July 28, 2010

You Have Been Warned

Writing about web page http://www.agentura.ru/timeline/2010/profilactika/

A draft law before the Russian Parliament gives new powers to the FSB (Federal Security Service), the successor to the KGB. It allows the FSB to issue binding warnings to citizens suspected of creating conditions, through negligence, passivity, or incitement, in which crimes might be committed or facilitated. A warning that is ignored can be followed by an unspecified penalty, even though the actions that led to the warning may not be offenses in themselves.

This provision of the draft law restores the legal basis of a function once widely exercised by the KGB. This function was known in Russian as profilaktika, which translates directly as "prophylaxis" or "prevention."

Across the Soviet Union in the late 1960s and early 1970s, for example, the KGB subjected around 15,000 people a year to profilaktika, more than half of them for displaying some sort of overt political unreliability, or having connections with foreigners leading to suspicion of disloyalty (see Rudol'ph Pikhoia, Sovetskii Soiuz: istoriia vlasti, 1945–1991: Moscow 1998, pp. 365-366.) In proportion to the population, this would be about one in 10,000 adult Soviet citizens in each year.

What did profilaktika mean? Evidence of many, many individual cases can be found, for example, in the Lithuania KGB collection of the archive at the Hoover Institution, where I'm working now. How did they work? You could imagine it like this. Out of the blue, you get a call to come into your local KGB office. You really don't know what it's about, but you're on your best behaviour. Sitting behind his desk is a KGB colonel. He asks you what you think of the Soviet Union. Wonderful! You declare. Good, he says.

But in that case, he goes on: How come you told this anti-Soviet joke to your colleagues in the office on Thursday? And on Friday in the bar you repeated the news you heard the day before on Radio Liberty? And on Saturday you were heard cursing your Soviet-made automobile and wishing you had a BMW?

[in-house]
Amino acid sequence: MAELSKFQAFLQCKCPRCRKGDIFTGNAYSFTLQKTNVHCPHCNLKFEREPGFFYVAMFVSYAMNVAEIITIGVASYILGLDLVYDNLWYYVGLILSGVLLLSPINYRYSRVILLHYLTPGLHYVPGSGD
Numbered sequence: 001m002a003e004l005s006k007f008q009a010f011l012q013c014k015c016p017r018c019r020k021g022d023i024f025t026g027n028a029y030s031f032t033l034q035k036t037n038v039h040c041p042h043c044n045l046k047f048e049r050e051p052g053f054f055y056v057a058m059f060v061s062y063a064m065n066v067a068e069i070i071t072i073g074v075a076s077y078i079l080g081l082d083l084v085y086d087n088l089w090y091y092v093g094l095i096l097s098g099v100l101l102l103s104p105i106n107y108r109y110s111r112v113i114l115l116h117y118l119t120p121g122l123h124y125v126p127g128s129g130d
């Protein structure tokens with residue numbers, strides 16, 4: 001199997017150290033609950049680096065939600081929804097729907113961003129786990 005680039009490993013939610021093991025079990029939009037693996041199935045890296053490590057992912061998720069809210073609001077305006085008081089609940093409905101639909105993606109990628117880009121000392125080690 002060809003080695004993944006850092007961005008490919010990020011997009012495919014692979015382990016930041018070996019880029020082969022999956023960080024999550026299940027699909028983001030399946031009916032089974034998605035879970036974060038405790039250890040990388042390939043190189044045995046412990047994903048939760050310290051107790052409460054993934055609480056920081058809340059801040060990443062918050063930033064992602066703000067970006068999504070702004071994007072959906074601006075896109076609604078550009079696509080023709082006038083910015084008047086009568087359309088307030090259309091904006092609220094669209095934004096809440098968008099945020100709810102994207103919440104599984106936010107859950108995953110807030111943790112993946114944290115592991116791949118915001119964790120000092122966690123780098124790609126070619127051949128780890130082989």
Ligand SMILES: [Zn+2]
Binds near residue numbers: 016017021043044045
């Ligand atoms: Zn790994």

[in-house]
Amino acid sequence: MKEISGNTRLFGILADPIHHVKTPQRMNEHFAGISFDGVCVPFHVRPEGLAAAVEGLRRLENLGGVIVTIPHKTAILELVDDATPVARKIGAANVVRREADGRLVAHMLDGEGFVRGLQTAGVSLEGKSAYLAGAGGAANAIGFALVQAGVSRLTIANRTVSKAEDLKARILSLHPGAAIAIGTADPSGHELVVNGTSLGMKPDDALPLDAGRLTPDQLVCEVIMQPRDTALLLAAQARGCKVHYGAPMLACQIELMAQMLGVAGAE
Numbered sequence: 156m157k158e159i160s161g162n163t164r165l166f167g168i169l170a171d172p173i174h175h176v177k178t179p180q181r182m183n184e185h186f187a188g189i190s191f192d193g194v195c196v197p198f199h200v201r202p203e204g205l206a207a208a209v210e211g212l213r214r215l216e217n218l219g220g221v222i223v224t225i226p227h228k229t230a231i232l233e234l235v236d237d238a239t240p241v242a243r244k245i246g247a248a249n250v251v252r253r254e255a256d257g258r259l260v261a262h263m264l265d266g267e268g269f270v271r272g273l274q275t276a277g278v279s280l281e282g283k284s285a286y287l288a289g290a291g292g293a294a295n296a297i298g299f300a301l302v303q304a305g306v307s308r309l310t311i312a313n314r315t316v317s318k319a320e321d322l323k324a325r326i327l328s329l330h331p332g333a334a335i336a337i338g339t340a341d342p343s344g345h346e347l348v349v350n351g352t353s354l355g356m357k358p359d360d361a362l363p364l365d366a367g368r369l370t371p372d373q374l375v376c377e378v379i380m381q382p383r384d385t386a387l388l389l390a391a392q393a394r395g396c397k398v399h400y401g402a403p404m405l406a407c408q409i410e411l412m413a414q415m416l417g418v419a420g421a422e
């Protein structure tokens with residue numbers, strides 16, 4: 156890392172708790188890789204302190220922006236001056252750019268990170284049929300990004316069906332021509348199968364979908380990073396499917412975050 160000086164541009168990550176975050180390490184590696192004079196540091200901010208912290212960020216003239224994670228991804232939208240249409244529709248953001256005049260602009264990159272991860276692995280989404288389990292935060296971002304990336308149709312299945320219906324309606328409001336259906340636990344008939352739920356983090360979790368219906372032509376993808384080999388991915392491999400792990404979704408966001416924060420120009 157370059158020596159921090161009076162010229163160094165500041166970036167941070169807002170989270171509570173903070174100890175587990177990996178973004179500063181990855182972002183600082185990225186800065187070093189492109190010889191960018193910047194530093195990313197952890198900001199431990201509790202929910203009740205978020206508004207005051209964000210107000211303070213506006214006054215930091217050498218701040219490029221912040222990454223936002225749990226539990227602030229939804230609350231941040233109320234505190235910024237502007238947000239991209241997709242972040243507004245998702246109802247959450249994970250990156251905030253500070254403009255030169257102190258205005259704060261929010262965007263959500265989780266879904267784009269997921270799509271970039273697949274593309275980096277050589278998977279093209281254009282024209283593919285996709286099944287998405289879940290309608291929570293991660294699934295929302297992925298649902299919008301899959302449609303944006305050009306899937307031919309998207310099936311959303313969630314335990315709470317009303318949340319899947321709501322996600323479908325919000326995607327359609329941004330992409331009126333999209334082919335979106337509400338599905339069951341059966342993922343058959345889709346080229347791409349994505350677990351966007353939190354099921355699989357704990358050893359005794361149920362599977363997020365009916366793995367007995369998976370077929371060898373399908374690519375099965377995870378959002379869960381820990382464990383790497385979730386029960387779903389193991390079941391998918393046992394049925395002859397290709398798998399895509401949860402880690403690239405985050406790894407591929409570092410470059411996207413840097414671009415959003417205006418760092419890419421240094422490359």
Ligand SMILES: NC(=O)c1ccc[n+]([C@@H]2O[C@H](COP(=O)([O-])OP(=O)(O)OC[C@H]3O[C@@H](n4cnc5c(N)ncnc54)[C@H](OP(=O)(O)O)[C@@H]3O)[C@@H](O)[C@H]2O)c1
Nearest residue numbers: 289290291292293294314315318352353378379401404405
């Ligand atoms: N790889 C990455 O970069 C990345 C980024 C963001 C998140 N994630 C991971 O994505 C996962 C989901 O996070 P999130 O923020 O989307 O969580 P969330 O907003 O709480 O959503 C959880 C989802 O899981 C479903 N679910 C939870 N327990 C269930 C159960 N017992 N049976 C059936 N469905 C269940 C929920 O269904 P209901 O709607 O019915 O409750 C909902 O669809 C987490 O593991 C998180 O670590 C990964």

At first you bluster and deny everything. Inside, however, your world is collapsing. You're realizing just how much trouble you're in; your job and your home depend on the state and both are on the line. But that is only the start. Worse, it's dawning on you that your colleagues, your friends, maybe even your family members have been telling tales about you to the KGB. You're on your own.

You crumble. You start to make excuses: You were tired and under stress, you've always been a bit of an ignorant big mouth, you've been promoted above your competence and this has put you under pressure. You didn't realize how wrong it was. But you do now. Yes, you do, you do.

You promise you will never, ever do such things again. And you really mean it because, short of being physically beaten or locked in a cell, nothing is worse than the state of mind that this profilaktika has put you in. You've been exposed, hurt, humiliated, compromised, and isolated from society: From now on you will trust nobody, not even yourself. In fact, the only honest person in the room is the man in front of you.